When the Detroit Lions took the Kansas City Chiefs to the brink of their first loss of the season back in Week 4, I held back any declarations that the Lions had arrived or that they were for real. As far as I was willing to go was to point out that the team had remained competitive for four weeks in a row, which was obviously a huge step in the right direction from last year.
But the Lions have not arrived yet. They don’t get to be called contenders just four games into the season. Just look at our lovely Cowboys friends to see how quickly a promising start can be erased from existence.
And for the Lions, a 2-1-1 start really isn’t all that impressive when looking around the rest of the NFC. The conference alone has a 5-0 49ers team, a 5-1 Saints team riding their backup quarterback, a 5-1 Seahawks team that never seems to go away and the returning NFC Champions. Oh, and literally every other team in the Lions’ division has more wins than them right now. 2-1-1 is good, but it’s not good enough to be labeled a contender with any sort of legitimate confidence.
There is a whole different level this team is now facing. One that doesn’t hope to hang with the Chiefs, but expects to beat them. One that looks at the remaining schedule and doesn’t expect to be underdogs at home for the final two months. If the Lions are contenders, we aren’t talking about 9-7 or even 10-6 seasons. We’re talking 11, 12-win seasons. And Detroit has yet to prove they’re capable of that.
The challenge ahead of them is not easy. Though Lambeau Field isn’t the insurmountable peak that it used to be for this franchise, it’s still a place where road victories are hard to come by. In the past five years, only four teams have a better home record than the Packers. Green Bay is off to a 4-1 start. Some may question the validity of their wins thus far, but they already have two wins notched against the best division in football.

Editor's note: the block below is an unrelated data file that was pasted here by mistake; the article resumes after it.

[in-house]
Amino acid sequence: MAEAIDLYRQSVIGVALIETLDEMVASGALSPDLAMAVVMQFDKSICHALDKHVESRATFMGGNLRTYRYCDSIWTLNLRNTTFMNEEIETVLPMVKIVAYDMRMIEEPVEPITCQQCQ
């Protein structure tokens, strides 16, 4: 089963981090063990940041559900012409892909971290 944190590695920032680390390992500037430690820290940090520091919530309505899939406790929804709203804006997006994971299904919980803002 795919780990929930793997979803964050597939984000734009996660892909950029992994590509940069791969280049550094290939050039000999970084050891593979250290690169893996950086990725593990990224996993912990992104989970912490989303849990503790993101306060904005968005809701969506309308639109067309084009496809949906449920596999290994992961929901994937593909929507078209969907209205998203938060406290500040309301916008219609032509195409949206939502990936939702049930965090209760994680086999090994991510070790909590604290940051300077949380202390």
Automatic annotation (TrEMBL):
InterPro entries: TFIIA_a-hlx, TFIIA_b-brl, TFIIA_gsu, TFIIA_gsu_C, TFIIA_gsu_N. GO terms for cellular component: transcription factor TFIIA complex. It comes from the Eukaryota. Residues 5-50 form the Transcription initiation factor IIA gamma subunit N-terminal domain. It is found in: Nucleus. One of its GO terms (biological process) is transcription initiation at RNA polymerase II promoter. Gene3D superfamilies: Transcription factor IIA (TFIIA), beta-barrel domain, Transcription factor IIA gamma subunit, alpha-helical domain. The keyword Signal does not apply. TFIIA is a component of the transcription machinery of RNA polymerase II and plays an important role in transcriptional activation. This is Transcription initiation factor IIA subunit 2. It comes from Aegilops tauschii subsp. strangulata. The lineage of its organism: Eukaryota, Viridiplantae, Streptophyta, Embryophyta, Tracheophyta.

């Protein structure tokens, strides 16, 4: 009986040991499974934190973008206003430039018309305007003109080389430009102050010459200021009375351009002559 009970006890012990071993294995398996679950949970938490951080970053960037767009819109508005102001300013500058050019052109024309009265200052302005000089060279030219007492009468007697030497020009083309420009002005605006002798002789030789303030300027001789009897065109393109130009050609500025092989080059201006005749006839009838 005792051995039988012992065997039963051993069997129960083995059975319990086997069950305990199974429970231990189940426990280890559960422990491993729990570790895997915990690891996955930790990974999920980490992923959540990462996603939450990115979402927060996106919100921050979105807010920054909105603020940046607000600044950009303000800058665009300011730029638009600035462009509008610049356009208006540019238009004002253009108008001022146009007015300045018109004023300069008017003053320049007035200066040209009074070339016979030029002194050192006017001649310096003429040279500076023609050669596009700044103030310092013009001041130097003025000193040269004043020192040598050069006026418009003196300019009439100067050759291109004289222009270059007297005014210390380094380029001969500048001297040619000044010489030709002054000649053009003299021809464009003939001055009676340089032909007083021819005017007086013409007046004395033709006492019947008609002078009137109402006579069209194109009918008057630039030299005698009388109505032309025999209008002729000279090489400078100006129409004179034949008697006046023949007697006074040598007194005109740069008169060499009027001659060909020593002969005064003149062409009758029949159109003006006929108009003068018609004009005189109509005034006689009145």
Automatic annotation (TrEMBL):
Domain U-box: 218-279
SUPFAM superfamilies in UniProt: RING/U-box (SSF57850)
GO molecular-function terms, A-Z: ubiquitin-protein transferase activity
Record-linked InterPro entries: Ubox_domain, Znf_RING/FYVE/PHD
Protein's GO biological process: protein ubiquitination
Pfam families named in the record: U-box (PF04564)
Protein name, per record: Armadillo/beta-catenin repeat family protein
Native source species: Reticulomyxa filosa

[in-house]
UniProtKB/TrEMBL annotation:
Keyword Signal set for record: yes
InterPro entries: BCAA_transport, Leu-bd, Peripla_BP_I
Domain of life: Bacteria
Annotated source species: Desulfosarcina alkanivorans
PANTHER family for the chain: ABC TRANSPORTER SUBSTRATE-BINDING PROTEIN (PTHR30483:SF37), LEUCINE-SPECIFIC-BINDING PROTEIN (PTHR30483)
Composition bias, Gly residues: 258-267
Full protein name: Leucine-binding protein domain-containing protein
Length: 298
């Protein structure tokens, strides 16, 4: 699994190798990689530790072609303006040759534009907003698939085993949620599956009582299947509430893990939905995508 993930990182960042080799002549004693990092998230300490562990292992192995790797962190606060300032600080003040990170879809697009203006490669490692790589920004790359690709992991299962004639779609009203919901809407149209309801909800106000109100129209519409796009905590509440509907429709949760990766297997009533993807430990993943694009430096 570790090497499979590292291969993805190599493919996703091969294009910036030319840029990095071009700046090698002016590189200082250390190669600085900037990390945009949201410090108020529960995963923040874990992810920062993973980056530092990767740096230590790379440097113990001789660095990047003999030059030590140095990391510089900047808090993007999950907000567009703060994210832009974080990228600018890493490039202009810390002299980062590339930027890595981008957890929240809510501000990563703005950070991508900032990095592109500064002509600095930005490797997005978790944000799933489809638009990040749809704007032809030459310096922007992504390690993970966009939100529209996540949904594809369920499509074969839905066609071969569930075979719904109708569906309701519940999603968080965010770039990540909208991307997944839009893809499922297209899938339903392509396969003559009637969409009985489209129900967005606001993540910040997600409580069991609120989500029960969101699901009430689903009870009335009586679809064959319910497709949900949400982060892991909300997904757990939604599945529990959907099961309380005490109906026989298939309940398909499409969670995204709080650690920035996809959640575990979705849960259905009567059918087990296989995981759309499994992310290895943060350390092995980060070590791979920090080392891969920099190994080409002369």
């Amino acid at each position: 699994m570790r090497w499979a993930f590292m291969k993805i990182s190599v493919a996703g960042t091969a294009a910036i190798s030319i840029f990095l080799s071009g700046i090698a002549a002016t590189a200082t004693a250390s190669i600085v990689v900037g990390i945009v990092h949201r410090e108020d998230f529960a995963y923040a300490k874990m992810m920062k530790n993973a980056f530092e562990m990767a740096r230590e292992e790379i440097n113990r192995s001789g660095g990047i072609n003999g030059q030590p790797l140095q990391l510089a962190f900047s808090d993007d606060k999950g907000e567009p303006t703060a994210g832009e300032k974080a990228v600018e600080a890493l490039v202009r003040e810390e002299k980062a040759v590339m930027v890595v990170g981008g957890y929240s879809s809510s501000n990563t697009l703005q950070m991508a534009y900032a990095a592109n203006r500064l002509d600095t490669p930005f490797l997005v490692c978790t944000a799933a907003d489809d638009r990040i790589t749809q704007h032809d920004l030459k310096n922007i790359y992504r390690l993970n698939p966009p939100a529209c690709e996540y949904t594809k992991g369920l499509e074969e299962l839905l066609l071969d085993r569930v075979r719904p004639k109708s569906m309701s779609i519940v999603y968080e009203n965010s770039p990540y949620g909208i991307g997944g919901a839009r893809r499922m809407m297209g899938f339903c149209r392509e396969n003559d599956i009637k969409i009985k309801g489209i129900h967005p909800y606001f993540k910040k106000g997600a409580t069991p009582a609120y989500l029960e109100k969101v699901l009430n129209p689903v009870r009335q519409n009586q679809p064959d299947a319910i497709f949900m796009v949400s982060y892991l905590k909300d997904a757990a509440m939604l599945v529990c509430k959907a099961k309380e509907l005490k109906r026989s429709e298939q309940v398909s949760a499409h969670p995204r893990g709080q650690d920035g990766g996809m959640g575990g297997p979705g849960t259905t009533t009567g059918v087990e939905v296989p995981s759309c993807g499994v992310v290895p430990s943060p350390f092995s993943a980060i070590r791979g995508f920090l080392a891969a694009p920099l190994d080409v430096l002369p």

If the Lions are for real—whatever that term really means—this is no impossible task. This is just another week in the schedule. If the Lions are for real, a close loss on “Monday Night Football” is the same thing as a blowout loss: unacceptable.
But let’s not kid ourselves here. A win changes little, either. Yes, the Lions will be in first place, but the Vikings, Bears, and Packers will all be less than a game behind them. Yes, they will have a pretty impressive resume through six weeks, but teams are not awarded the division for their placement in Week 7 Power Rankings. A loss the following week puts them right back into the “middle of the pack” conversation.
Next week, a just-as-daunting game awaits Detroit. The Vikings are 4-2 and hitting their stride on both sides of the ball. They’ll have an extra day of preparation for the Lions, and this rivalry has not been kind to the Lions as of late. Detroit has lost three straight, and they haven’t scored more than 23 points against that Vikings defense since 2013.
And even then, if the Lions win both games and sit at 4-1-1 atop the NFC North through Week 8, Detroit fans shouldn’t start buying tickets to this franchise’s first home playoff game since the 1993 season. This team has been atop the NFC North before. They held the division lead after Week 10 of the 2016 season, after Week 16 of the 2014 season and Week 14 of 2013. We all know how those seasons ended.
If this team is for real, they’ll need to prove they won’t drop a letdown game to the Giants or Raiders down the stretch. Detroit has a long 12 weeks of uninterrupted football ahead of them, and “real” teams would treat every single one like “Monday Night Football.”
Still, back-to-back divisional wins will do a hell of a lot to build some confidence for the team, for Matt Patricia, and for a fanbase starving for some sign this team is finally on the right track. 4-1-1 would be the Lions’ best start since 2011. Two divisional wins—one on primetime—would start to change the conversation around Matthew Stafford and his ability to win big games.
Whether all that defines “for real” or not is up to you.